Yes, it’s a Kia— but it wears indisputably sharp, Peter Schreyer-penned duds. And remember, Japanese cars were once looked down upon, too (in the not-too-distant past, no less). Could this car be to Korea what the Datsun 240Z once was to Japan?
Earlier this week we hit the road to discover Catalina Park, a disused motor racing venue located at Katoomba, in the Blue Mountains.
The 2.1 km circuit opened on 12 February 1961 and was originally used for top-level motorsport in the 1960s (the lap record is 53 seconds). The mountain location caused problems with fog causing delays in the race programs; in addition, the track was very narrow by today’s standards and surrounded by walls, Armco railings, and hillside. The track fell into greater disuse with the opening of other circuits nearer to Sydney such as Oran Park and Amaroo Park.
We think it’s the Ford Fiesta ST. Adjusted for inflation, the GTI’s $8,350 in 1984 is roughly $18,800 today. The Ford Fiesta ST lists at $21,400.
If we were in the market for a brand new small, affordable hot hatch (note: we aren’t), the Fiesta ST would probably be the one to buy, as in many ways the latest GTI has matured its way out of the segment.
What a great new car purchase this would make.
The Mercedes-Benz W114 and W115 (six-cylinder and four-cylinder versions of the same chassis, respectively), produced from 1968 to 1976, was the predecessor to the modern-day E-Class. Often overlooked today in favor of such models as the W123 (its popular immediate successor) and the upmarket W108 (with which its production overlapped), the Stroke Eight or Strich Acht has nevertheless attracted a small but devoted following. Friends, business partners, and W114 owners multiple times over Shaheen Karimian and Lindsey Stengle of Niche Motoring talk to us about their appeal.
MCB: Why the W114?
NM: To us, the W114 strikes the perfect balance between the old school, chrome bumpers and hubcaps-era Benz and what is considered a “modern” vehicle. They are a forgotten model in the classic Mercedes lineup and deserve some love. Cars and parts are still readily available and cheap compared to the bigger models in the range. W114s also feature Benz’s famous feeling of quality. Door action is incredibly precise and classically vault-like.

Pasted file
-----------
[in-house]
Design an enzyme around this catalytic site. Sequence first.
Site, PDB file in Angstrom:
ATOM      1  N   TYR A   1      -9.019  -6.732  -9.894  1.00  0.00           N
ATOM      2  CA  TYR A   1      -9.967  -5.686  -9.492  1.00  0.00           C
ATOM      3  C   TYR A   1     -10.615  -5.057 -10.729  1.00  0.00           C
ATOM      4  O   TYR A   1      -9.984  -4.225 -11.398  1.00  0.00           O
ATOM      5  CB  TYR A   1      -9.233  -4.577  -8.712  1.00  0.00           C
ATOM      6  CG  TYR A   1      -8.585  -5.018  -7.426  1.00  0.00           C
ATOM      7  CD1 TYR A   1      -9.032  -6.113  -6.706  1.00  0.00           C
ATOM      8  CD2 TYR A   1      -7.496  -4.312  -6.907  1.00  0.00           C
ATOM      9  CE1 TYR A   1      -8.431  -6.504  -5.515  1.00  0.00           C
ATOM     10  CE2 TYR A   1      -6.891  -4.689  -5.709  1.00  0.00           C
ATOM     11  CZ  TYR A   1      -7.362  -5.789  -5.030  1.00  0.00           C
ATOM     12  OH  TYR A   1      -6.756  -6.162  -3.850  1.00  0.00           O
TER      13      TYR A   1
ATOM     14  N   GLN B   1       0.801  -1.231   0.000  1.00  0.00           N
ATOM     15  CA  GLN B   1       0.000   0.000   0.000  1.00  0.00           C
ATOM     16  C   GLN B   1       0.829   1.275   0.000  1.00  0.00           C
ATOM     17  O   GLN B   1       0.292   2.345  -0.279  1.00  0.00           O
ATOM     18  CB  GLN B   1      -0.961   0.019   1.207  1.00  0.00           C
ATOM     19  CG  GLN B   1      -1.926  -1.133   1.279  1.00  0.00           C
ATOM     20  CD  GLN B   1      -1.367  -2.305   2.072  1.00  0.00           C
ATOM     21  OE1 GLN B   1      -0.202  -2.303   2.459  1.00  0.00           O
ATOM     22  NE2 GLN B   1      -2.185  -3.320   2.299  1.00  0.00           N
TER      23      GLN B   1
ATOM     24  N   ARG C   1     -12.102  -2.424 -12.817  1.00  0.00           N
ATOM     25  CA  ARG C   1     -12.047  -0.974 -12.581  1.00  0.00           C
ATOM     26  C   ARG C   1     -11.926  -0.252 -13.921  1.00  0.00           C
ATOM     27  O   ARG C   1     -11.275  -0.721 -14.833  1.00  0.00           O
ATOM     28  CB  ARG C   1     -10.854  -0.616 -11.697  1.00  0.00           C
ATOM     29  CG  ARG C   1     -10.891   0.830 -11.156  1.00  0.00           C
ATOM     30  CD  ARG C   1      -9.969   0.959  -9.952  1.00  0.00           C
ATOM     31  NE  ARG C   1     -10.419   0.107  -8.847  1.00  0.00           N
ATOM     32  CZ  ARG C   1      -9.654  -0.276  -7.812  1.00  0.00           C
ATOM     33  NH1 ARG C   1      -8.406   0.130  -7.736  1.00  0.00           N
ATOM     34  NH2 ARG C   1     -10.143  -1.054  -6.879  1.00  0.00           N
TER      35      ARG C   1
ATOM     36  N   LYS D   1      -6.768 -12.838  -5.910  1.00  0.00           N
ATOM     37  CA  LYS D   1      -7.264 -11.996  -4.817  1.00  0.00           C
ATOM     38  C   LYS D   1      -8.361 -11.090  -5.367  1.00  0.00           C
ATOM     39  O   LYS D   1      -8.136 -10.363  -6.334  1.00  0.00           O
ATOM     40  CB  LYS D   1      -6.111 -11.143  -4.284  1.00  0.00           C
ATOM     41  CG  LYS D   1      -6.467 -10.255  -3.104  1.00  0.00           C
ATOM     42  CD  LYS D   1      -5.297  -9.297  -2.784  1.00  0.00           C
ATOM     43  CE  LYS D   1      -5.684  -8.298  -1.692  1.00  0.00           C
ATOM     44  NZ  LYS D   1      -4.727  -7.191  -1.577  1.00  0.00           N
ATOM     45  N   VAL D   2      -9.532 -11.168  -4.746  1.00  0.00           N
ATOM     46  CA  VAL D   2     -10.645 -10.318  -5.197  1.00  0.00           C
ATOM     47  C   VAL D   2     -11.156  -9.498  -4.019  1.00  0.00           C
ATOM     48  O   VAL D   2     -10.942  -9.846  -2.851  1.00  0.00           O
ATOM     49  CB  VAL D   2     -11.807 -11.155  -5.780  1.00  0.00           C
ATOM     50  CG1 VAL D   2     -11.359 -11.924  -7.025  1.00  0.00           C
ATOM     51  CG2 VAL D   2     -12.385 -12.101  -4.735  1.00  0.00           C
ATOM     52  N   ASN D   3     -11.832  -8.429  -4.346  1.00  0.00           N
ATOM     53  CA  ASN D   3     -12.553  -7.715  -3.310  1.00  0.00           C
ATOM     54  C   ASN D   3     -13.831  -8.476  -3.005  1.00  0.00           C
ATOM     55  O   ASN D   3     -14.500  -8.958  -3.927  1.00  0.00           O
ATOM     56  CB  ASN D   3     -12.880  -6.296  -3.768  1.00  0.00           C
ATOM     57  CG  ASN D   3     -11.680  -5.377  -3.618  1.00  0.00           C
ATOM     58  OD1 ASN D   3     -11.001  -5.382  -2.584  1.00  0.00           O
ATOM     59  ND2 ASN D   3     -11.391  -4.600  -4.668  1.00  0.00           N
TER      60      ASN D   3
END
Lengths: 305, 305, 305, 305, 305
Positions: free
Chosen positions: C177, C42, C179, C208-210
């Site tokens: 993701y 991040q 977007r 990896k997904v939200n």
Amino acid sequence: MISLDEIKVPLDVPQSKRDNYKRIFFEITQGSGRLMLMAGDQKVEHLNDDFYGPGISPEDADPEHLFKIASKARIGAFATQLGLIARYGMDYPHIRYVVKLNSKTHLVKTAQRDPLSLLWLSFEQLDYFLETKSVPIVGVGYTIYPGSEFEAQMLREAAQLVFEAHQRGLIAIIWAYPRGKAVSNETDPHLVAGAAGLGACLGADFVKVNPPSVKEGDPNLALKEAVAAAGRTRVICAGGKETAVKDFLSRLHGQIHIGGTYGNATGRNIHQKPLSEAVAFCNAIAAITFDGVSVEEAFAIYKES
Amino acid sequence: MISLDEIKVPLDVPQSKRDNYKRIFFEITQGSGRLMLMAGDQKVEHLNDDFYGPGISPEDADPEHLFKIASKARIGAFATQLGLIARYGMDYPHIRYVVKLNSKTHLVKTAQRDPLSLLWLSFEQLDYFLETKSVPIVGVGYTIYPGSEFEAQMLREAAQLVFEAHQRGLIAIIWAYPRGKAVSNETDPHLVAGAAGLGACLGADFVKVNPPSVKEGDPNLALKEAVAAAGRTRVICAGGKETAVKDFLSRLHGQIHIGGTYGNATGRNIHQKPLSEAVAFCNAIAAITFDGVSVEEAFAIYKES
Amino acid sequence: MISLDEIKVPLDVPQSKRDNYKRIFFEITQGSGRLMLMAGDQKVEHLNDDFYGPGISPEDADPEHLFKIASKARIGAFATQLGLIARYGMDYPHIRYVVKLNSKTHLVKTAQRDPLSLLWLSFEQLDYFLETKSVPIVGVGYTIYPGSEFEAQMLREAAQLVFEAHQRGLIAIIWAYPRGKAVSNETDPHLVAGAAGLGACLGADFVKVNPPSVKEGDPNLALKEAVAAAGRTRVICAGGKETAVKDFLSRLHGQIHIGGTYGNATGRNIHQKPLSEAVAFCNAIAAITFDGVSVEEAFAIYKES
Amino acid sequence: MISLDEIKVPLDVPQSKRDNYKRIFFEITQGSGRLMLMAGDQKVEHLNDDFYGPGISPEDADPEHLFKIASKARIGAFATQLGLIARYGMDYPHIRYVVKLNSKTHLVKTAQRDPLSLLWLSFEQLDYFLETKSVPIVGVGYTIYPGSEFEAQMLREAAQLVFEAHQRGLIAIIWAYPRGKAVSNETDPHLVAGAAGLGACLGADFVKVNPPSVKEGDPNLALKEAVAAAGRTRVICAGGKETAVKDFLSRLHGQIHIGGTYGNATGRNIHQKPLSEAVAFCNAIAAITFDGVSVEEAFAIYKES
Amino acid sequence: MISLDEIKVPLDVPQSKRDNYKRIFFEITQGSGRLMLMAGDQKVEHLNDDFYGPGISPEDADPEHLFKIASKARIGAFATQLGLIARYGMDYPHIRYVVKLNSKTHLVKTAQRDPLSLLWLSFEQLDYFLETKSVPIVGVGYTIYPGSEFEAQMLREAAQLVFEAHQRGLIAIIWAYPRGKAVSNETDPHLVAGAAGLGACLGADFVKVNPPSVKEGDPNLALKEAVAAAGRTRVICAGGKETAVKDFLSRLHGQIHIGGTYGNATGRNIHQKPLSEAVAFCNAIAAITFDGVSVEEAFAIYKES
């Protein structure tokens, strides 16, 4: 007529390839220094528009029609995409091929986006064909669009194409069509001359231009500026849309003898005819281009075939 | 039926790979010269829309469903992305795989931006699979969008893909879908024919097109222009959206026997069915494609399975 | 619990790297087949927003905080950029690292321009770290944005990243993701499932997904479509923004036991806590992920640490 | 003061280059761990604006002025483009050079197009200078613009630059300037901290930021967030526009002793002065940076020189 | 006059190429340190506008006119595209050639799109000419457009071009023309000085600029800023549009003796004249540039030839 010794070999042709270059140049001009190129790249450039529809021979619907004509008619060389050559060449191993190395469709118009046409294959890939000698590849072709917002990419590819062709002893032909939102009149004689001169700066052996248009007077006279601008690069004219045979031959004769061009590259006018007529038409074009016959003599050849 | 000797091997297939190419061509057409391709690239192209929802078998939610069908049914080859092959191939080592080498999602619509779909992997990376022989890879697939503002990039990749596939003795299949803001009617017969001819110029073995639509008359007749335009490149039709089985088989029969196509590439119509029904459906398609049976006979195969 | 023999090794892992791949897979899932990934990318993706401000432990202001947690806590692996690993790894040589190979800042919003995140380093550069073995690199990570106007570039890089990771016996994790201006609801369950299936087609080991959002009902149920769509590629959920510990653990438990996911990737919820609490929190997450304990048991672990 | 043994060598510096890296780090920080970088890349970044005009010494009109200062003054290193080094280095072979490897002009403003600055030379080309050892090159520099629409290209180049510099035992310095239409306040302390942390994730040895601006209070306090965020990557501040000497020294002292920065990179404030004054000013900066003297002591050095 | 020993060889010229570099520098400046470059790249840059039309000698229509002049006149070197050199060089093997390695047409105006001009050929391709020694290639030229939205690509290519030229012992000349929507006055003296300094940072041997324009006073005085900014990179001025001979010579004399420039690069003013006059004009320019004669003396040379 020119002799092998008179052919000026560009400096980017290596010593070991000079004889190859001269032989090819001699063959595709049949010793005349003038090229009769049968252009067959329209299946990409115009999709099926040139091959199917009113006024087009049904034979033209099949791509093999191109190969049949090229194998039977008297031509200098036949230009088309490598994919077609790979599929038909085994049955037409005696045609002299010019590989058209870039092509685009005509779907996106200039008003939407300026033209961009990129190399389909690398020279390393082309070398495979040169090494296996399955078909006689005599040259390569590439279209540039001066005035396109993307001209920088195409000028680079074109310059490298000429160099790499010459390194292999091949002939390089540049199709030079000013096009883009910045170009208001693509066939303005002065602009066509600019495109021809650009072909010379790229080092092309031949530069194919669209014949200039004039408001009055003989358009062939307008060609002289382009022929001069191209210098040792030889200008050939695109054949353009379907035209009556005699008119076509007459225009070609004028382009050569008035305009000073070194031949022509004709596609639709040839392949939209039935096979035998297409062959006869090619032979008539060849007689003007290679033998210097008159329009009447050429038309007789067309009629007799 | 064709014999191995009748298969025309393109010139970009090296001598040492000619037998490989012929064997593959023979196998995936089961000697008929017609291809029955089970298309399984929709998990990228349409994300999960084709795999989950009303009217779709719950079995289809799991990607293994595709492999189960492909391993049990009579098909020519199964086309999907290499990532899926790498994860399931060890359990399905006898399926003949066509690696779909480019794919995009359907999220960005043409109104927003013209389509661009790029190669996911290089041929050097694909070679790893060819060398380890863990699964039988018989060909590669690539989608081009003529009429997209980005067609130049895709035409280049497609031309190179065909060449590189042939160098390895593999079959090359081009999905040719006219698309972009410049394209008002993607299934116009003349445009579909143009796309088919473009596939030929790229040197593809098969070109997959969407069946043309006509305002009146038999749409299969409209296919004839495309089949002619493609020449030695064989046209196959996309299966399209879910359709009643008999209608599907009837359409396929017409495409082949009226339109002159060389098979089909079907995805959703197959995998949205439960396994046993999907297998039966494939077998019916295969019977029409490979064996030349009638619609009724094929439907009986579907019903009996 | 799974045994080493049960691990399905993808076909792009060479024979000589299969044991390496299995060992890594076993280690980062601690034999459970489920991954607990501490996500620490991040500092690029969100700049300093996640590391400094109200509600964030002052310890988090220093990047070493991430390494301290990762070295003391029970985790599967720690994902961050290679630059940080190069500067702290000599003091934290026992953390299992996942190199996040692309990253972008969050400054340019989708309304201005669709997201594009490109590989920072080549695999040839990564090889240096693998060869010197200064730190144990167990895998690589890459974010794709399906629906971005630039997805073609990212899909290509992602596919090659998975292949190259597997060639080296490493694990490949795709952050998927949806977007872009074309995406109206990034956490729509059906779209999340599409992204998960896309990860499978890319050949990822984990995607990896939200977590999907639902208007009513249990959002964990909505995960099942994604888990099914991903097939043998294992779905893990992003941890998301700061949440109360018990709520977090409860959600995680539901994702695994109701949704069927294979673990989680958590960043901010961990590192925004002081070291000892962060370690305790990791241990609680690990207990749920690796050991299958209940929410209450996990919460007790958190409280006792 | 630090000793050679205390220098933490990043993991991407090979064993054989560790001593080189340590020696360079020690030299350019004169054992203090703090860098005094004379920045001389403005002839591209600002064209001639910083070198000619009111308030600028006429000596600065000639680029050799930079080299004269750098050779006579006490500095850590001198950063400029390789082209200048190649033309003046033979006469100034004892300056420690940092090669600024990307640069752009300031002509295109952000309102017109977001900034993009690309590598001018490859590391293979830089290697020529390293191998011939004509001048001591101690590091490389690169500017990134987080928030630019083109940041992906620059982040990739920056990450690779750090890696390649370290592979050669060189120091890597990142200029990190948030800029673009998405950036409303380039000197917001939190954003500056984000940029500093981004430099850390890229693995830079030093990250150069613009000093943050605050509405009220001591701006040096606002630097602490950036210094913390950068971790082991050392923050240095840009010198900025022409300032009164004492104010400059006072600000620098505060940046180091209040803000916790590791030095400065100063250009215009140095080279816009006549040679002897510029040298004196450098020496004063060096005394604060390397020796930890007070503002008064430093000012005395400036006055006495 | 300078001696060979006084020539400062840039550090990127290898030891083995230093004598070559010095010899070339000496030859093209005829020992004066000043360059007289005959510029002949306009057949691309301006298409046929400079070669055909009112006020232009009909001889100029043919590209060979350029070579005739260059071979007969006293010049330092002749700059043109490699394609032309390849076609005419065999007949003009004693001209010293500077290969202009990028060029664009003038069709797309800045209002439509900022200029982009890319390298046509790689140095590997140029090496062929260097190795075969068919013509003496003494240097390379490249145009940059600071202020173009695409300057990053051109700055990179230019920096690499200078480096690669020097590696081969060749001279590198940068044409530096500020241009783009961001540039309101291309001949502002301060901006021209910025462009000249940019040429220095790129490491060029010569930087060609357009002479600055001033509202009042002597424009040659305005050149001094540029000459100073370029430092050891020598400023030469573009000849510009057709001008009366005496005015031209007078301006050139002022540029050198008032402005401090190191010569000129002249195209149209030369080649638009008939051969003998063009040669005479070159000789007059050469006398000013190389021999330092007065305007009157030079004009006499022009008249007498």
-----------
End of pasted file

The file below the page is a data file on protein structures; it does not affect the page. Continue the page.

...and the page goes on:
This has always been a good read. The synopsis:
[Journalist Brock] Yates was approached by the [Daimler-Benz] factory to write promotional literature about the [Mercedes-Benz 450SEL] 6.9. He agreed, but under the condition that he could list the car’s faults as well as its positives. Daimler-Benz agreed in turn, and Yates was given a US-spec 6.9 to drive from Manhattan to the Road Atlanta grand prix race track in Georgia (source).
Some choice bits:
…In driving parlance, a brisk pace on the highway is sometimes described as 5/10th, while a flat-out, no-holds-barred lap of a race track is measured at 10/10ths…
…At 120 mph, I slipped open the sun roof and made a lap with the radio playing. This was perfectly practical in terms of wind noise and general listening pleasure, but I shut the sound off and went back to work, fearing that a music-induced lapse in concentration might bend some very expensive sheet metal…
…The car rolled into the pits and aside from a slight, completely normal hissing sound as the hydropneumatic suspension readjusted itself, the 6.9 was behaving as if nothing had happened – much like a strong, young thoroughbred after an early morning exercise…
Read all of it here.